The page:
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Updated January 9th, 2024 at 09:11 IST

Bayer lays plan for US expansion even after blood thinner drug setback

The announcement comes after the blood thinner drug could not demonstrate superiority over a competing medicine

Reported by: Business Desk
Edited by: Tanmay Tiwary
Medicine
Representative | Image:Pixabay
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Independent venture: German multinational pharma and biotechnology company Bayer will keep at its expansion plans in the United States even after the November update on its blood thinner candidate.

The announcement comes after the blood thinner drug could not demonstrate superiority over a competing medicine, Bayer’s pharmaceuticals head Stefan Oelrich said.

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The drugmaker’s experimental anticoagulant asundexian could still prove to be a blockbuster if its second trial for stroke prevention reads out positively, Oelrich told Reuters.

On the sidelines of the JPMorgan health conference in San Francisco, he said there is also a strong opportunity in the US for Bayer's cardiovascular and menopause symptom relief treatments.

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The treatments also include the experimental elinzanetant, which the company claims eased hot flashes and improved sleep in late-stage trials.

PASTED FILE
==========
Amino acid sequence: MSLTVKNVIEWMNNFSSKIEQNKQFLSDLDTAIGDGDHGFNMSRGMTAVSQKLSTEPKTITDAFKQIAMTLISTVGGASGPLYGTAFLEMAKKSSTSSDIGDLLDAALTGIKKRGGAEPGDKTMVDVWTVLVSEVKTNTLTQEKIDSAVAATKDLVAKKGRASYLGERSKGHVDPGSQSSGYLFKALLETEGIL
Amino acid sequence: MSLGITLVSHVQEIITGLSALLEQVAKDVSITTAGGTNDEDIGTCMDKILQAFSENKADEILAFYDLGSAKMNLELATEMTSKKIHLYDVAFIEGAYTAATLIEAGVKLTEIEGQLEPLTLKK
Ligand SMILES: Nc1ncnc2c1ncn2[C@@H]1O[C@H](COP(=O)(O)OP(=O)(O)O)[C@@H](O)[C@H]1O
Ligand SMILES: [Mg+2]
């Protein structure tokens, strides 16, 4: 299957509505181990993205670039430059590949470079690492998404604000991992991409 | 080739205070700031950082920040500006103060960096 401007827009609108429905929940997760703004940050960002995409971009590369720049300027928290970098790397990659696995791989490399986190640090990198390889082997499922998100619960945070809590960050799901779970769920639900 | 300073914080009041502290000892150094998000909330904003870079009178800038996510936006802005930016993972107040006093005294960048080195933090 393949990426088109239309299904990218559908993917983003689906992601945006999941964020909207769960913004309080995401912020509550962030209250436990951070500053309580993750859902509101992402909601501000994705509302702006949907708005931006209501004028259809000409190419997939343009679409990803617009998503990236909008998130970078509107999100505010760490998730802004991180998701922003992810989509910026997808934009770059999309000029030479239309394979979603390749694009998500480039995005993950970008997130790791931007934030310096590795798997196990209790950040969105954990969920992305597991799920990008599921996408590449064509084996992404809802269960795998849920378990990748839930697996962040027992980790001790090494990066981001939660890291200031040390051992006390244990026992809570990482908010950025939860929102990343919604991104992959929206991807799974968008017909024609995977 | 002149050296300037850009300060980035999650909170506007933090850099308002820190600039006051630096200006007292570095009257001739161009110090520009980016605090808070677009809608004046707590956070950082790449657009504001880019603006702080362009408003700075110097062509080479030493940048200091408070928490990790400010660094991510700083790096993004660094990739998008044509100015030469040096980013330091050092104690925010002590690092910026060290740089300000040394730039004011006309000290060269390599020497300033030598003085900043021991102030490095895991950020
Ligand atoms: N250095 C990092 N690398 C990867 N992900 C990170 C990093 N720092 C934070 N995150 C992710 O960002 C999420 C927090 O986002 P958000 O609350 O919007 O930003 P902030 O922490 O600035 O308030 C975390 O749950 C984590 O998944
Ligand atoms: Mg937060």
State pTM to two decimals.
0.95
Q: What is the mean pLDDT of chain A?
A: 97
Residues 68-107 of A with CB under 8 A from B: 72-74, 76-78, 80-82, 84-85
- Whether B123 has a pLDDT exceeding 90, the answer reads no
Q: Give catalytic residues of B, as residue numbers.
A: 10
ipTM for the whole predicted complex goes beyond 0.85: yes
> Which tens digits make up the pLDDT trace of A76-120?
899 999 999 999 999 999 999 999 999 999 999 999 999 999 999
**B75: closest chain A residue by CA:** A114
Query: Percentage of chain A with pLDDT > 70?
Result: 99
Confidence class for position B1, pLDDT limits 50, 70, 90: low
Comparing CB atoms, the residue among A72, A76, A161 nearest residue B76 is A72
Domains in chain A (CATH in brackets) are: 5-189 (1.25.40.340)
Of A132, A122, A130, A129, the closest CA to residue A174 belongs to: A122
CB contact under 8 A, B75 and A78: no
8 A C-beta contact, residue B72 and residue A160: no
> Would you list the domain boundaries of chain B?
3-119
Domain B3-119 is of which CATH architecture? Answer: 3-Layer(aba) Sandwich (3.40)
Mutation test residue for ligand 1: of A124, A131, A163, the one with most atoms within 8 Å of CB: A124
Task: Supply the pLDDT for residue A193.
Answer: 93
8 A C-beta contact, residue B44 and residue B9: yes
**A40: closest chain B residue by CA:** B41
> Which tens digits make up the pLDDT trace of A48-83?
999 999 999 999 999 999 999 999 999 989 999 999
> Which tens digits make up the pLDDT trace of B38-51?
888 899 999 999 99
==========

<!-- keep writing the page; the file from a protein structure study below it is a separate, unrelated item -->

"When you look at any of the opportunities that we're talking about (in those areas), typically the reward for innovation in the US is superior to the one in Europe," he said.

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Bayer in late November had announced that asundexian was shown to be inferior to Bristol-Myers Squibb and Pfizer's established Eliquis for preventing strokes in high-risk patients part-way into a late-stage trial called OCEANIC-AF.

The company had said it started a trial called OCEANIC-AFINA to test the experimental blood thinner in patients with a trial fibrillation who are ineligible for oral anticoagulant treatment because of increased bleeding risk.

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The company’s pharma head Oelrich said Bayer still plans to sell the drugs it is developing in the country on its own, instead of partnering with US companies as it did in the past.

The drugmaker intends to move away from relying on partners in the US, with a plan to invest $1 billion on drug research and development in the country in 2023, President of Bayer US Sebastian Guth told Reuters last March.

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Oelrich did not comment on whether Bayer would revise its 5 billion euro forecast for asundexian after the trial setback.

(With Reuters Inputs)

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Published January 9th, 2024 at 08:16 IST

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